If a biopic on Ernest Hemingway and Martha Gellhorn’s relationship includes a sex scene in the middle of a shelling, it cannot be deemed a complete failure. The HBO original movie that premiered last week, “Hemingway and Gellhorn” makes some of the right moves and has a bright cast, but even if you have an interest in these writers, the movie’s still merely passable.
Its heart is in the right place. By focusing on Martha Gellhorn, Hemingway’s third wife who was herself an accomplished writer, you’re telling the half of the story that ought to be told. At the breakout of the Spanish Civil War, Gellhorn meets Papa in Key West and accompanies him on the overseas assignment to Spain. She hooks up with Hemingway as a rival to the titan of letters, but as their romance sours, she eventually struggles to escape the titan’s shadow.
Nicole Kidman does a terrific job with Gellhorn’s maturation. Initially she’s a spitfire war correspondent merely in it to prove her machismo; as she witnesses wartime atrocities, she’s no longer drawn to conflict for the adrenaline rush but for the stories that need to be told. Consequently, Gellhorn finds her pissing matches with her famous lover to be less and less amusing.
I wouldn’t wish Hemingway on any woman, so Gellhorn’s understandably coming off the victim here. The movie is content to leave out her extramarital affair, among other blemishes, so some of that victimhood’s deliberately manufactured.
Fightin’ Round the World
It’s hard to make Hemingway into a caricature. I disliked his portrayal in Midnight in Paris only because he was the figure most lazily reduced to a collection of quotes, not because he was exaggerated. Having Hemingway randomly leap from his seat and shout “Who wants to fight?”– that’s not really an exaggeration.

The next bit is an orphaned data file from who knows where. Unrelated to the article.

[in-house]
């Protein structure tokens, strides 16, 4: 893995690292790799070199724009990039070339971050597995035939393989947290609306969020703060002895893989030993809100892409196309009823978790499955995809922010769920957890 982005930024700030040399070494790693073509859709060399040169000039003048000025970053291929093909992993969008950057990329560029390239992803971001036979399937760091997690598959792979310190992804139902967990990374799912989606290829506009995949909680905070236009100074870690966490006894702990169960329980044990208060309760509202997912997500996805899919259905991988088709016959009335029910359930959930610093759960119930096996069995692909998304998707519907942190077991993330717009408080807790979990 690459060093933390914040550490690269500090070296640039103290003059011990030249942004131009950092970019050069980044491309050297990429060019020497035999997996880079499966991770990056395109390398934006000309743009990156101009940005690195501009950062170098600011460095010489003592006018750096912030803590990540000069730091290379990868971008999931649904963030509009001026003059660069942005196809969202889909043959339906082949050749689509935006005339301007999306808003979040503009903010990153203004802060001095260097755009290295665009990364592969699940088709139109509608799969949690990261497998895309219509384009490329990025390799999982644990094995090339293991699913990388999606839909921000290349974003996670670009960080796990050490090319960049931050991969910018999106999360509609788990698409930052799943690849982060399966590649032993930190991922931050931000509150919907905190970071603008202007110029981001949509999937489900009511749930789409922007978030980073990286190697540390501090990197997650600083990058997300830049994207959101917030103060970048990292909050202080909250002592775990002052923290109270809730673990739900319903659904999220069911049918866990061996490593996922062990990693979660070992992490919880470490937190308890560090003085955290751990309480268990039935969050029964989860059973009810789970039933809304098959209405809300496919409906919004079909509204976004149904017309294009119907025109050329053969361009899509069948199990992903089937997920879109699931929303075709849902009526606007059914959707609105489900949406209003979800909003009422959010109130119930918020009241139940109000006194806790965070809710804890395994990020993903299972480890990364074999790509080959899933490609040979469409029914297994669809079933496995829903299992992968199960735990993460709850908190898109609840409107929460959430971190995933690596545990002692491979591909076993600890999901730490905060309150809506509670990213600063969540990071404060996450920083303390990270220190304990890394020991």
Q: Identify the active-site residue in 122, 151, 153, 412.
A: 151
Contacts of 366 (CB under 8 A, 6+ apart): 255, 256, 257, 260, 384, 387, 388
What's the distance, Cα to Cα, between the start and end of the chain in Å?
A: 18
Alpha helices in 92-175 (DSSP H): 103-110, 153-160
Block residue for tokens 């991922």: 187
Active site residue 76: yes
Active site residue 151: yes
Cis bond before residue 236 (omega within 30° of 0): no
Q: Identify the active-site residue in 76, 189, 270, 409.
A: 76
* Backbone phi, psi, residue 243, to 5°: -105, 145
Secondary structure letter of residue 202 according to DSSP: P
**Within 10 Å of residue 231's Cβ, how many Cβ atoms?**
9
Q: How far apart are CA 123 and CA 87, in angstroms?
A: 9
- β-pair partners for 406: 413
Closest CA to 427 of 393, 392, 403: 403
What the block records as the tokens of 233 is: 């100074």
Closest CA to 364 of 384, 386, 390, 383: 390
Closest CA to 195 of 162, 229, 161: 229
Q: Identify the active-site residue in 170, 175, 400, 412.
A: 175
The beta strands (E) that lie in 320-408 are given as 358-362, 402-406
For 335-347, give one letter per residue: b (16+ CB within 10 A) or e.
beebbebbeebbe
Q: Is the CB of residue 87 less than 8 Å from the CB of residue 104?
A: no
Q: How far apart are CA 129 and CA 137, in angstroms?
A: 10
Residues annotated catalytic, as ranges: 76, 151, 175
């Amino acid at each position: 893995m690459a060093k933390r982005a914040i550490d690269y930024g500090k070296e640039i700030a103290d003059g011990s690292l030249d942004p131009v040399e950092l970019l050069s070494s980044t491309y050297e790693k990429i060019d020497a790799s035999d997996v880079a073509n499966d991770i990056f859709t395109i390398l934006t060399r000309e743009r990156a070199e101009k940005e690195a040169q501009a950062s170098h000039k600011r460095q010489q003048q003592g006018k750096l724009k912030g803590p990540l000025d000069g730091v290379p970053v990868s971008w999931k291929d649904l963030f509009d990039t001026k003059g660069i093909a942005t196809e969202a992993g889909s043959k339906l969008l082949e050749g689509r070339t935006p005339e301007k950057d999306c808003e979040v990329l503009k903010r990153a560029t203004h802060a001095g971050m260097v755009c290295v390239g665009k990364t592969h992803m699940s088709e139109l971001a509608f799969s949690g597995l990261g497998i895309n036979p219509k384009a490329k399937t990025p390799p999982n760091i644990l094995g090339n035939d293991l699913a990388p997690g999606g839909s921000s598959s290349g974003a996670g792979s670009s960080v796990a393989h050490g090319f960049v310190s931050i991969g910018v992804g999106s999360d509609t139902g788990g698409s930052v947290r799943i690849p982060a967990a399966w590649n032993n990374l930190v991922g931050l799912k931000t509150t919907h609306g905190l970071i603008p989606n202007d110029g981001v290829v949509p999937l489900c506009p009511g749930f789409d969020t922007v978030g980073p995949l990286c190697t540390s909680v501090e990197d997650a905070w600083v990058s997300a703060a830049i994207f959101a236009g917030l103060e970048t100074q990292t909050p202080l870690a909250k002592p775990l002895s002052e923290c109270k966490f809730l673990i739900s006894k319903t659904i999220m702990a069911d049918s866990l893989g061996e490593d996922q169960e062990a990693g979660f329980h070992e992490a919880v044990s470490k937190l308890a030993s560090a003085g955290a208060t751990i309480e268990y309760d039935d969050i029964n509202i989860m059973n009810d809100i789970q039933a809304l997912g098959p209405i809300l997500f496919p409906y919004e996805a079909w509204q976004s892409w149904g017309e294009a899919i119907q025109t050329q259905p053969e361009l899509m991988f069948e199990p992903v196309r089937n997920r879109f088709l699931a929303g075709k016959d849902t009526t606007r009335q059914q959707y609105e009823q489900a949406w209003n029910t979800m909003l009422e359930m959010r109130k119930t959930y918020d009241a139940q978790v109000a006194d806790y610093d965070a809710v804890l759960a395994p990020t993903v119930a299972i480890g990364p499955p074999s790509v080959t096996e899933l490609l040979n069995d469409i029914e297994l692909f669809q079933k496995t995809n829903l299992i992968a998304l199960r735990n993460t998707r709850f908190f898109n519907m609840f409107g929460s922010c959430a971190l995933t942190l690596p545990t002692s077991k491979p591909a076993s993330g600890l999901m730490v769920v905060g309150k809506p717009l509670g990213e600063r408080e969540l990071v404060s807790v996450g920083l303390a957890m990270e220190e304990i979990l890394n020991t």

Clive Owen’s not a charismatic actor, and likewise this is a disappointingly uncharismatic Hemingway. The pieces to Papa’s personality are there, from his grave sincerity to his boyishness to his shocking pettiness, but Owen can’t quite coherently resolve them.
Interspliced within the film is authentic black-and-white wartime footage. When a period movie incorporates old film like this, it’s normally sparing and between scenes. To accommodate these shots (which it uses a lot) Hemingway and Gellhorn drains its own film’s color for transitions.
It doesn’t work at all. Not only are these switches distractingly frequent and often pointless, the close-ups of Nicole Kidman and Clive Owen, no matter how grainy, aren’t fooling anyone as archival. And you can’t just insert them into iconic footage without the effect being laughable. What worked for Forrest Gump is pretty inadvisable here.
The last memorable bits to savor from this movie are the interesting supporting roles. Robert Duvall is a Soviet general, David Straithairn’s a great John Dos Passos, Peter Coyote shows up as my hero, the legendary editor Max Perkins, and is that filmmaker guy the drummer from Metallica? (He is.)
Is the casting silly in places? Sure. But that’s amusement I’ll take in a movie that’s otherwise underwhelming.